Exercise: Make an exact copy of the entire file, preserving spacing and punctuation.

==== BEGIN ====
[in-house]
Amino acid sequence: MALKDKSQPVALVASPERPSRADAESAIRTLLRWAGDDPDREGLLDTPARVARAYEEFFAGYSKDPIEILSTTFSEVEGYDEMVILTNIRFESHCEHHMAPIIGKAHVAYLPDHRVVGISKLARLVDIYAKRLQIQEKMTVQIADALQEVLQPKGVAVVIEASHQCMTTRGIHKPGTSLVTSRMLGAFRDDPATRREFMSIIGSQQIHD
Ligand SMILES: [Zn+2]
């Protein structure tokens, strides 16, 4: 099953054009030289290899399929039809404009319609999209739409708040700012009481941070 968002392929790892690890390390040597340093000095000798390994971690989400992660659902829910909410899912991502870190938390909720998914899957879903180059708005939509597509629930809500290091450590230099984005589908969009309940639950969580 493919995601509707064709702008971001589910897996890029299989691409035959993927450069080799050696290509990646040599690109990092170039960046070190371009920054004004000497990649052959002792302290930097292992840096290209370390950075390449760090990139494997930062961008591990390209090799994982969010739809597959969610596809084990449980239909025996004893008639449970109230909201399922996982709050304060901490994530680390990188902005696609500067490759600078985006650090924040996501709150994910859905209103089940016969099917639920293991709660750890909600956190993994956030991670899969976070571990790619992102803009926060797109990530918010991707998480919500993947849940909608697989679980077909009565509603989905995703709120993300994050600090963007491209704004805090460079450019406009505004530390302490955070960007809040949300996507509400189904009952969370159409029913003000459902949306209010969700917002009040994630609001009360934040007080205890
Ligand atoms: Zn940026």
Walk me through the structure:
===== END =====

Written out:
[in-house]
Amino acid sequence: MALKDKSQPVALVASPERPSRADAESAIRTLLRWAGDDPDREGLLDTPARVARAYEEFFAGYSKDPIEILSTTFSEVEGYDEMVILTNIRFESHCEHHMAPIIGKAHVAYLPDHRVVGISKLARLVDIYAKRLQIQEKMTVQIADALQEVLQPKGVAVVIEASHQCMTTRGIHKPGTSLVTSRMLGAFRDDPATRREFMSIIGSQQIHD
Ligand SMILES: [Zn+2]
């Protein structure tokens, strides 16, 4: 099953054009030289290899399929039809404009319609999209739409708040700012009481941070 968002392929790892690890390390040597340093000095000798390994971690989400992660659902829910909410899912991502870190938390909720998914899957879903180059708005939509597509629930809500290091450590230099984005589908969009309940639950969580 493919995601509707064709702008971001589910897996890029299989691409035959993927450069080799050696290509990646040599690109990092170039960046070190371009920054004004000497990649052959002792302290930097292992840096290209370390950075390449760090990139494997930062961008591990390209090799994982969010739809597959969610596809084990449980239909025996004893008639449970109230909201399922996982709050304060901490994530680390990188902005696609500067490759600078985006650090924040996501709150994910859905209103089940016969099917639920293991709660750890909600956190993994956030991670899969976070571990790619992102803009926060797109990530918010991707998480919500993947849940909608697989679980077909009565509603989905995703709120993300994050600090963007491209704004805090460079450019406009505004530390302490955070960007809040949300996507509400189904009952969370159409029913003000459902949306209010969700917002009040994630609001009360934040007080205890
Ligand atoms: Zn940026």
Walk me through the structure: